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Old Mar 10, 2013, 08:46 AM
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Joined Mar 2013
1 Posts
Basic bladder moulding techniques

HI guys,

I'm actually trying to make a carbon fibre tube with an oval profile and a 45 degree bend. I have never used carbon fibre before and I have been reading as much as I can on the web. This forum is by far the best source of info. that I have found so far. There seems to be a huge amount of experience here and I was hoping that someone could give me some basic pointers to get started.
I intend to make a fibreglass mould - I would like to have one CNC'd from aluminium but can't really afford that at the moment. I also intend to make a bladder with the technique described by one of the guys on here. Adam I think. with stretch plastic membrane.
The layup is puzzling me a little though, I presume that for a tube part, a carbon fibre sock/sheath would be the best option both for structural strength and also for the finish. Would people agree?
The part has to be very strong taking 220lbs maybe even more as well as considerable shock load - could anyone give me any iideas what kind of thickness of material might be required. I will do a lot of testing but as the materials are quite expensive where I live I'm hoping to find out as much as I can to begin with.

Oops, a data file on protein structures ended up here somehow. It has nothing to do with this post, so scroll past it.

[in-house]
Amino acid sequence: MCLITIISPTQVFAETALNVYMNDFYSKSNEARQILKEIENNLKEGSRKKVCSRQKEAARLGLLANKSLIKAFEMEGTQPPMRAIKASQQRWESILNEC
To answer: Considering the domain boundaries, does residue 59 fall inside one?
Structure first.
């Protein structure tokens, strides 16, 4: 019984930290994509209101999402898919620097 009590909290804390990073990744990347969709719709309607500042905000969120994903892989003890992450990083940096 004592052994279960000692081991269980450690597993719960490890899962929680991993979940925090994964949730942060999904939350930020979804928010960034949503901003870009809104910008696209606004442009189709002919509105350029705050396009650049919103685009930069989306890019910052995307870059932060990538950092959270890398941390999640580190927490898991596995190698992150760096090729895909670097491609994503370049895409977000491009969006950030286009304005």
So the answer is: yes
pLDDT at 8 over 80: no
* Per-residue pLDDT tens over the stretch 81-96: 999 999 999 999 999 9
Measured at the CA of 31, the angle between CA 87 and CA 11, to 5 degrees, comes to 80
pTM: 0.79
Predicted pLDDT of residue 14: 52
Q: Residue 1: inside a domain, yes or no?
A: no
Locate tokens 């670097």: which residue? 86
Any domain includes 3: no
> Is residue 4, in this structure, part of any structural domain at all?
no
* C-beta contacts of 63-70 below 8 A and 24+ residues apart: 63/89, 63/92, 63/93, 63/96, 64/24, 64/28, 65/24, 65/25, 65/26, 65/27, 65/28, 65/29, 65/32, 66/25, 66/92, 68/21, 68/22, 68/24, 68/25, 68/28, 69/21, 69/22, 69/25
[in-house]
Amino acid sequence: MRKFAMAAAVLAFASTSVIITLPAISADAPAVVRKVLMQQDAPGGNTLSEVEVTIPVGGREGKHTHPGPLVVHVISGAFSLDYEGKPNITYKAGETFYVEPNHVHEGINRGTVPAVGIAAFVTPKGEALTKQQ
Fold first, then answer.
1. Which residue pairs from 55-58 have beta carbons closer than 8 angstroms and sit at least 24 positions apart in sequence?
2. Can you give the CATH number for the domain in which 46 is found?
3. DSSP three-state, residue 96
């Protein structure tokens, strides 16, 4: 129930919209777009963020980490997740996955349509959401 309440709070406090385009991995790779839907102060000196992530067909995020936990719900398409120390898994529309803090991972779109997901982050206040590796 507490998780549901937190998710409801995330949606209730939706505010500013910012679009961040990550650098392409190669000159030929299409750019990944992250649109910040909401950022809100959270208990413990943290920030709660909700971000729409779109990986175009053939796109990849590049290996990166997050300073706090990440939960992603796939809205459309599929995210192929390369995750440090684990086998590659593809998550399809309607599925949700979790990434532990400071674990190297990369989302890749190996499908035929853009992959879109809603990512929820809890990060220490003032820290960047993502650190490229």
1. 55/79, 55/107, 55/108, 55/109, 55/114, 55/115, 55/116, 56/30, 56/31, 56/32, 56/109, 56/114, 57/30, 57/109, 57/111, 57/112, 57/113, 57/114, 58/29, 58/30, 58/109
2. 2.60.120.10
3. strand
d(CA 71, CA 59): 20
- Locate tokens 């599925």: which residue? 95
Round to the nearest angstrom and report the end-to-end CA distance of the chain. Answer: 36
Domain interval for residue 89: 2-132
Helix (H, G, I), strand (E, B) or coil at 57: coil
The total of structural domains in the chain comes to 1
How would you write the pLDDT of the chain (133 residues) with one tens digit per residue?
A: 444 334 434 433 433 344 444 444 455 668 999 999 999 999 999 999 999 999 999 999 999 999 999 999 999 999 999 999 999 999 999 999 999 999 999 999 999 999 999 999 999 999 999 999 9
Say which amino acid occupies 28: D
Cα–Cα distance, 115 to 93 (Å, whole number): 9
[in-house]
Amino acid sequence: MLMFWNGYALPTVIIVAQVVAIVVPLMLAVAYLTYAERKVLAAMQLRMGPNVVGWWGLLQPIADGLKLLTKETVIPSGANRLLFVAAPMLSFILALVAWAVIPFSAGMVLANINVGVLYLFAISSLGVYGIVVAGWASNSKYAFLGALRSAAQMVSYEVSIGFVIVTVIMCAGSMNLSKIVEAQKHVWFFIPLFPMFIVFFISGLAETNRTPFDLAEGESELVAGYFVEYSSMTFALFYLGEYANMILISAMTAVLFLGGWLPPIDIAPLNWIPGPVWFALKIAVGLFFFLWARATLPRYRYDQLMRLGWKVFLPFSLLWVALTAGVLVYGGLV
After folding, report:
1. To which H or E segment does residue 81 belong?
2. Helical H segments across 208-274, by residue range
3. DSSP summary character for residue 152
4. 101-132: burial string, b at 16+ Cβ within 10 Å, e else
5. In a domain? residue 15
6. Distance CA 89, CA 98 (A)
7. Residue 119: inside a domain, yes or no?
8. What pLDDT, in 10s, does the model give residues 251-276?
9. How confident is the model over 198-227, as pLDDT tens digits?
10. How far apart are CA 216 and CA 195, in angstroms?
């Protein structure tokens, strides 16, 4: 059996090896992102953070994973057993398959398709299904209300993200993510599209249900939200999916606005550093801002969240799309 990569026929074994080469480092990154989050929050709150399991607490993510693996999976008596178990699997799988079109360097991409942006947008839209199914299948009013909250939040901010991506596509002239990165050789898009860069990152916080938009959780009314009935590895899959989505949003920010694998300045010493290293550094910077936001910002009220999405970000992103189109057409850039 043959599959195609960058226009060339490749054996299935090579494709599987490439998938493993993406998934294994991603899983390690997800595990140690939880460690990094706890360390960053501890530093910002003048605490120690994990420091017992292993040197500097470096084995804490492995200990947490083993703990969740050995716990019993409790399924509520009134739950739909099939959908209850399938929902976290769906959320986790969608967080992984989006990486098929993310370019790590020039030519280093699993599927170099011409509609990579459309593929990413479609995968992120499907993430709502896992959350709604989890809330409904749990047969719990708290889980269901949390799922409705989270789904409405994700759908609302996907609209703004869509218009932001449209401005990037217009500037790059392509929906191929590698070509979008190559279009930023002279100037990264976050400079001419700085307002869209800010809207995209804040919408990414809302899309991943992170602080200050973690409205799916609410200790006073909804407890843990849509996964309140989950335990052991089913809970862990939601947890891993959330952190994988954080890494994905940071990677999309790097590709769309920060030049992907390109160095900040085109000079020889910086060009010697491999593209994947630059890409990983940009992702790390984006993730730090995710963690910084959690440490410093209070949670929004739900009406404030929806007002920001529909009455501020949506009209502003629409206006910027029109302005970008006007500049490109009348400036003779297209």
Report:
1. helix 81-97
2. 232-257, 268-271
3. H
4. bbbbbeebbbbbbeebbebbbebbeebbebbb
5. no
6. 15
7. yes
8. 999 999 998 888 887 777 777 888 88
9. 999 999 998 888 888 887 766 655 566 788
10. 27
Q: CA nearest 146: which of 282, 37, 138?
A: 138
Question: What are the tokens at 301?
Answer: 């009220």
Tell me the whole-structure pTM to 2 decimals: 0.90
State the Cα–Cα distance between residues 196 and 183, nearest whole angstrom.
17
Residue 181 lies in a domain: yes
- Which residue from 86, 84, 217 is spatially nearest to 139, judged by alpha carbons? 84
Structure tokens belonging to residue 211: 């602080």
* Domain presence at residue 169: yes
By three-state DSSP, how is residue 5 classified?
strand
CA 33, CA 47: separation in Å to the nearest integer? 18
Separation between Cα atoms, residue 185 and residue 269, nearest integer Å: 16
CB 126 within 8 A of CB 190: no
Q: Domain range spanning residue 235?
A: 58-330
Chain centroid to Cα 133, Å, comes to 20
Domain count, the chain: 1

Also anyone know any good resources to start learning about composite fabrication?
Thanks a lot in advance.
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Old Mar 11, 2013, 11:58 AM
Master of the Wind
G Norsworthy's Avatar
United States, CA, San Jose
Joined Sep 2008
1,231 Posts
Here is a handbook

Also some good articles here.
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Old Mar 11, 2013, 02:34 PM
Composites guy
North OC, Ca.
Joined Jun 2005
1,206 Posts
Shock load and carbon generally do not mix well.

Glass composites are strong and more durable.

Bends in fiber reinforced parts should have larger radius bends to avoid stress concentration.
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Old Mar 12, 2013, 03:53 AM
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Jim.Thompson's Avatar
Australia, NSW, Bellingen
Joined Aug 2008
7,670 Posts
Originally Posted by tonytc View Post
HI guys,

.............................The part has to be very strong taking 220lbs maybe even more as well as considerable shock load -................Tony.
Not enough information here Tony. How is the "220 lbs" load applied? In what vector etc? Or is it in compression?
If you were to describe the application, others could respond more meaningfully.
Your bare statement above is just about meaningless to the reader.

I'm with Sarmoby here. Also, carbon is not a good material to start to learn composites with. It's harder to use than glass, much more expensive and less forgiving of less than optimum layup technique etc.

As for composite information, just keep reading these forums. Lots of good information and generous help available. Good luck.

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